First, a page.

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Thread: Clarification for the BJJ population

  1. #11

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    I don't see how one can't do both. Personally, I do BJJ, karate, JKD, and boxing while lifting 3x a week.

    What you're forgetting is that martial arts is heavily dependent on movement patterns, sensitivity, and application. You shouldn't be overexerting yourself when you're rolling or sparring because otherwise you're probably be picking up bad habits.

    In addition to this, you should be able to tell you're instructors about your lifting, and I'd imagine they'd understand if you'd have to leave after the third roll.

    More isn't always better. If you're doing too many rounds with the mitts or you're rolling until you're throwing up as a novice martial artist I guarantee you're just enforcing terrible form. For me lifting is a good excuse not to push it too hard, and it should be the same for everyone else.

  2. #12
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    Quote Originally Posted by veryhrm View Post
    I'm down w/ the overall advice and i've said the same to several people down in Training and Programming over the past couple of years. However i have a bone to pick with this sentence:
    "Someone who grapples 5 days a week will have a hell of a time doing the program unless they're willing to eat and sleep enough to recover. "

    This says that "someone", in context meaning a moderately serious MA person, COULD do the program while grappling 5 times a week if only the eat and sleep enough.
    Do you actually believe this to be the case? I'm guessing you don't because it's at odds w/ the rest of your message, but it is just these kinds of statements that cause the confusion that OP is talking about (and also how people end up being 5' 8" 220lbs w/ a 225lbs squat thinking they need to eat more).

    Let me say how i think most MA people, or indeed any hard charging motivated person, would perceive your message:

    "Well, if you actually respect yourself and love freedom it works fine. Now, most people can't cut it. So if you're one of those weak turds who doesn't know how to apply himself and also hates America and his mom, then whatever... just cut some days off your MA training so you could do the program within your limited recovery capacity. People who are frail of body and mind need those kinds of accommodations. "
    How the hell would you know? Have you ever trained MA even 2x a week in any school that emphasizes fighting? Do you have first-hand experience of how exhausting any kind of fighting, let alone grappling, is?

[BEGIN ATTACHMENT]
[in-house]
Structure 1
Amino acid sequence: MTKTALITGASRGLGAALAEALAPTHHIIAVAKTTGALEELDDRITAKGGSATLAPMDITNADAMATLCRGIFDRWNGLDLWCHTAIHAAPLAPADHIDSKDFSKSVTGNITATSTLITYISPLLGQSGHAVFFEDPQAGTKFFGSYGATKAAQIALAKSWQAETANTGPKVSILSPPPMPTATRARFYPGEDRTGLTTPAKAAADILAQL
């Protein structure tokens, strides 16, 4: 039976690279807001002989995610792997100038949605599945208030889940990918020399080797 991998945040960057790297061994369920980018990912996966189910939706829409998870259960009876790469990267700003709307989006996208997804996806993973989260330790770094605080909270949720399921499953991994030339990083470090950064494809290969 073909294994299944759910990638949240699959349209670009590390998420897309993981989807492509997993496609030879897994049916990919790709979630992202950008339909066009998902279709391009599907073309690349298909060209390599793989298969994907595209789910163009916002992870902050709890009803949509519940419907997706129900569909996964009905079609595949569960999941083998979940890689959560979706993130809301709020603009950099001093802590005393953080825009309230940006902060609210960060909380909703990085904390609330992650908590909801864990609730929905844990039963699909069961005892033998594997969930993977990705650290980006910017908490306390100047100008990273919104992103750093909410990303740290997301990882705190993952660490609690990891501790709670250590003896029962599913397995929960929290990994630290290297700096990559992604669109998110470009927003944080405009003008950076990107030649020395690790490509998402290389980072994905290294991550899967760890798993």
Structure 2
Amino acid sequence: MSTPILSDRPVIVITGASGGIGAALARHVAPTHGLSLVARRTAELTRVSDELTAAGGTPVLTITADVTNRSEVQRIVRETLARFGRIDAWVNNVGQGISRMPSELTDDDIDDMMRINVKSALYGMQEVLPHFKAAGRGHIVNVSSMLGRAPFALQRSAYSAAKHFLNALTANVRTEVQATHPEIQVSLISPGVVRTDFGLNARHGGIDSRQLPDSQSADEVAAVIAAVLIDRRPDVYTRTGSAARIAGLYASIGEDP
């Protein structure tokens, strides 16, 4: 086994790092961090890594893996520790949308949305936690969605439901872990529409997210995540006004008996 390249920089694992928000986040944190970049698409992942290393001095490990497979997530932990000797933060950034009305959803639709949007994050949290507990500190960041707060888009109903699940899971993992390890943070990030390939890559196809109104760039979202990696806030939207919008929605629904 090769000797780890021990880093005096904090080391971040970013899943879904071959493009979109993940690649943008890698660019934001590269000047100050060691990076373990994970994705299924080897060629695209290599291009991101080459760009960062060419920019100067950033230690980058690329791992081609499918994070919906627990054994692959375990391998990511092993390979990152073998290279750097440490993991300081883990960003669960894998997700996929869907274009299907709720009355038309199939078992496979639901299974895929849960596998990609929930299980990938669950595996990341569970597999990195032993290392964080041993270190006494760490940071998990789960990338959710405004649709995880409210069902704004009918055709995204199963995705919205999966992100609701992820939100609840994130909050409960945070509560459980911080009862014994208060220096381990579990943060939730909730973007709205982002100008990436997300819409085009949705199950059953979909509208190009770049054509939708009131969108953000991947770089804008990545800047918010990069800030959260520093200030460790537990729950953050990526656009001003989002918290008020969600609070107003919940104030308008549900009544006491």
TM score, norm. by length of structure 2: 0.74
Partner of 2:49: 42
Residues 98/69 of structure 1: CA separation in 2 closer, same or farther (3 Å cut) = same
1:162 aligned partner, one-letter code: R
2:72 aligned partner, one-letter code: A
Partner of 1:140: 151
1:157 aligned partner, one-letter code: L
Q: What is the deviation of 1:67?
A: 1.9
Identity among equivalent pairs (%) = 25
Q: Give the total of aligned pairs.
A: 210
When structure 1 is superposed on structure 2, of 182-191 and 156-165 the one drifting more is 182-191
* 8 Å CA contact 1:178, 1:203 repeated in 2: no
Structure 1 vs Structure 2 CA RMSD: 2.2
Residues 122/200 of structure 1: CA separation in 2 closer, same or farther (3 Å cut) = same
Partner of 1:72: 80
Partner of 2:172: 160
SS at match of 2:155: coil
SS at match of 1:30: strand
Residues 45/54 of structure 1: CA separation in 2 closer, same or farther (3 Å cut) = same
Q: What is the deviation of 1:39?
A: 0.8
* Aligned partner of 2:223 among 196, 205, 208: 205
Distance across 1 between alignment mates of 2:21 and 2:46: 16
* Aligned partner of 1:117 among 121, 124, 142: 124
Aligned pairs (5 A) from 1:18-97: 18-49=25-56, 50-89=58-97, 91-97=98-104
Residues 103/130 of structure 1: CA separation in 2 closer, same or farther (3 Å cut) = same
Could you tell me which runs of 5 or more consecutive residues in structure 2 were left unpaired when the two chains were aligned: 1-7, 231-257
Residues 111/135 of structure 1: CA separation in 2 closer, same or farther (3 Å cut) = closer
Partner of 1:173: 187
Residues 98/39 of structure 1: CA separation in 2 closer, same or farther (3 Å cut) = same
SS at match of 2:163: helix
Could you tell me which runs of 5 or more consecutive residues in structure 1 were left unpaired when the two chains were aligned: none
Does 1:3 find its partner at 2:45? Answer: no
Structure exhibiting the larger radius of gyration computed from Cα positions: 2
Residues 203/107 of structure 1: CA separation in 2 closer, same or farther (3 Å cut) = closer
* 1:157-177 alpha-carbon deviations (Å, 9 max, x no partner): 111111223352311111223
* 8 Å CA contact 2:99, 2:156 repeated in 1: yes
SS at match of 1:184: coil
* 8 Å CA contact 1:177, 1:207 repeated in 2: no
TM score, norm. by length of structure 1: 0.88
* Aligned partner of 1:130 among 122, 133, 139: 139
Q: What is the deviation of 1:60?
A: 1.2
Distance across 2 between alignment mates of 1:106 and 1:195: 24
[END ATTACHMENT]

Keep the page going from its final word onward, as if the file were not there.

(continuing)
Once again, you're so blinded by your overblown fears of "the fatfuck" that you think you need to go out and contradict people who speak from actual experience.

    I am 5'2" woman. When I was 30, I trained about 7-9 hours of MA per week with heavy emphasis on fighting and lifted 3 days/week, and I was putting away massive amounts of food. On an average day, I calculated my calories, and they were in the mid 3000s. Now that I know what can be achieved, I realize that I never got all that strong back then. But I did have visible abs during some of that period. If I had to do it over again, I'd do things differently.

    My advice would be that if a school is flexible enough, change focus to mostly not too strenuous technical practice if possible so that you can get the most out of reduced sparring time. If the teacher is amenable, cut out any BS calisthenics so many schools feel obligated to put students through.

    I don't know that I'd reduce MA sessions to 1 per week, as I don't think that's enough, but change the focus of the sessions. How many you can do depends on how the lesson plan is structured, how long sessions are, how much time the school makes you train your "fitness", etc.

  3. #13
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    Quote Originally Posted by DirtyRed View Post
    One would feel like a jackass wearing their TAPOUT t-shirts and beanies if they don't "do BJJ" every day.
    My experience has been that people who "do BJJ" beyond the beginner level don't wear TapouT shirts. Unless TapouT pays them to.

  4. #14

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    Quote Originally Posted by veryhrm View Post
    I'm down w/ the overall advice and i've said the same to several people down in Training and Programming over the past couple of years. However i have a bone to pick with this sentence:
    "Someone who grapples 5 days a week will have a hell of a time doing the program unless they're willing to eat and sleep enough to recover. "

    This says that "someone", in context meaning a moderately serious MA person, COULD do the program while grappling 5 times a week if only the eat and sleep enough.
    Do you actually believe this to be the case? I'm guessing you don't because it's at odds w/ the rest of your message, but it is just these kinds of statements that cause the confusion that OP is talking about (and also how people end up being 5' 8" 220lbs w/ a 225lbs squat thinking they need to eat more).

    Let me say how i think most MA people, or indeed any hard charging motivated person, would perceive your message: